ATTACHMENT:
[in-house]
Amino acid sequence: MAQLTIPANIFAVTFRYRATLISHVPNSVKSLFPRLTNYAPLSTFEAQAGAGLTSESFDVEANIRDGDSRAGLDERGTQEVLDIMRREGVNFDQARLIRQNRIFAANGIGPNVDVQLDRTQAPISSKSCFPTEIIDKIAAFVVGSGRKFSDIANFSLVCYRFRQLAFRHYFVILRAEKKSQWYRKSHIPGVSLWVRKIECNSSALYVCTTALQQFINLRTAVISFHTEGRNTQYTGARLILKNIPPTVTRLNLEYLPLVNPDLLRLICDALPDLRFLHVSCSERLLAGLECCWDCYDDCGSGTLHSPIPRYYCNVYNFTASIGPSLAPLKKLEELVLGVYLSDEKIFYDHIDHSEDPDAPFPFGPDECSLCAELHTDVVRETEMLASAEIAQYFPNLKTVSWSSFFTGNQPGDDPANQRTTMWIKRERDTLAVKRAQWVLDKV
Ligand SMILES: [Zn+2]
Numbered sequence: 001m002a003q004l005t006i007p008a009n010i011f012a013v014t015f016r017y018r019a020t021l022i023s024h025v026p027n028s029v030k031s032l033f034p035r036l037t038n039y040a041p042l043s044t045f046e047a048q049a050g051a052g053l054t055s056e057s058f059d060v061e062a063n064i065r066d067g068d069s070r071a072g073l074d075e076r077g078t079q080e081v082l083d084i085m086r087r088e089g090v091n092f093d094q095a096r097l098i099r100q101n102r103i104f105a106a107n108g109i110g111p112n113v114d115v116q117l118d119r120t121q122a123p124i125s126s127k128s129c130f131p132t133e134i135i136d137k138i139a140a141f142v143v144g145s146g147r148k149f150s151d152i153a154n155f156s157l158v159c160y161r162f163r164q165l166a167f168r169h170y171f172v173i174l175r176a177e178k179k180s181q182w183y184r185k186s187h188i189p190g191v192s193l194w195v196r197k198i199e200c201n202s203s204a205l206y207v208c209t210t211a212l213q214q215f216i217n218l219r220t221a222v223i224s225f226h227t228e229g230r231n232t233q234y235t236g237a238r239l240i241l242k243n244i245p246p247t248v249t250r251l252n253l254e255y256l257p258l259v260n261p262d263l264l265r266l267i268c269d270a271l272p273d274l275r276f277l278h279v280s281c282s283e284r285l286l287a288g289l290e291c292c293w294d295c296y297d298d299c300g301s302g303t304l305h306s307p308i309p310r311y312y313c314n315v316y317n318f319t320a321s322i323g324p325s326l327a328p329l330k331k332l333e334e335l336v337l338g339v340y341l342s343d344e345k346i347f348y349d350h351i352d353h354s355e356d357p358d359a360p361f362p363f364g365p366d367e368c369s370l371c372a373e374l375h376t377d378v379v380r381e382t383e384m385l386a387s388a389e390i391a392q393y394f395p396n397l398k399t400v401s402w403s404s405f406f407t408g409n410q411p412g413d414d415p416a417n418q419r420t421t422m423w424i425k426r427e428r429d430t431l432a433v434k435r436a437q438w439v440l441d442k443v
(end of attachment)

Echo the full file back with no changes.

[in-house]
Amino acid sequence: MAQLTIPANIFAVTFRYRATLISHVPNSVKSLFPRLTNYAPLSTFEAQAGAGLTSESFDVEANIRDGDSRAGLDERGTQEVLDIMRREGVNFDQARLIRQNRIFAANGIGPNVDVQLDRTQAPISSKSCFPTEIIDKIAAFVVGSGRKFSDIANFSLVCYRFRQLAFRHYFVILRAEKKSQWYRKSHIPGVSLWVRKIECNSSALYVCTTALQQFINLRTAVISFHTEGRNTQYTGARLILKNIPPTVTRLNLEYLPLVNPDLLRLICDALPDLRFLHVSCSERLLAGLECCWDCYDDCGSGTLHSPIPRYYCNVYNFTASIGPSLAPLKKLEELVLGVYLSDEKIFYDHIDHSEDPDAPFPFGPDECSLCAELHTDVVRETEMLASAEIAQYFPNLKTVSWSSFFTGNQPGDDPANQRTTMWIKRERDTLAVKRAQWVLDKV
Ligand SMILES: [Zn+2]
Numbered sequence: 001m002a003q004l005t006i007p008a009n010i011f012a013v014t015f016r017y018r019a020t021l022i023s024h025v026p027n028s029v030k031s032l033f034p035r036l037t038n039y040a041p042l043s044t045f046e047a048q049a050g051a052g053l054t055s056e057s058f059d060v061e062a063n064i065r066d067g068d069s070r071a072g073l074d075e076r077g078t079q080e081v082l083d084i085m086r087r088e089g090v091n092f093d094q095a096r097l098i099r100q101n102r103i104f105a106a107n108g109i110g111p112n113v114d115v116q117l118d119r120t121q122a123p124i125s126s127k128s129c130f131p132t133e134i135i136d137k138i139a140a141f142v143v144g145s146g147r148k149f150s151d152i153a154n155f156s157l158v159c160y161r162f163r164q165l166a167f168r169h170y171f172v173i174l175r176a177e178k179k180s181q182w183y184r185k186s187h188i189p190g191v192s193l194w195v196r197k198i199e200c201n202s203s204a205l206y207v208c209t210t211a212l213q214q215f216i217n218l219r220t221a222v223i224s225f226h227t228e229g230r231n232t233q234y235t236g237a238r239l240i241l242k243n244i245p246p247t248v249t250r251l252n253l254e255y256l257p258l259v260n261p262d263l264l265r266l267i268c269d270a271l272p273d274l275r276f277l278h279v280s281c282s283e284r285l286l287a288g289l290e291c292c293w294d295c296y297d298d299c300g301s302g303t304l305h306s307p308i309p310r311y312y313c314n315v316y317n318f319t320a321s322i323g324p325s326l327a328p329l330k331k332l333e334e335l336v337l338g339v340y341l342s343d344e345k346i347f348y349d350h351i352d353h354s355e356d357p358d359a360p361f362p363f364g365p366d367e368c369s370l371c372a373e374l375h376t377d378v379v380r381e382t383e384m385l386a387s388a389e390i391a392q393y394f395p396n397l398k399t400v401s402w403s404s405f406f407t408g409n410q411p412g413d414d415p416a417n418q419r420t421t422m423w424i425k426r427e428r429d430t431l432a433v434k435r436a437q438w439v440l441d442k443v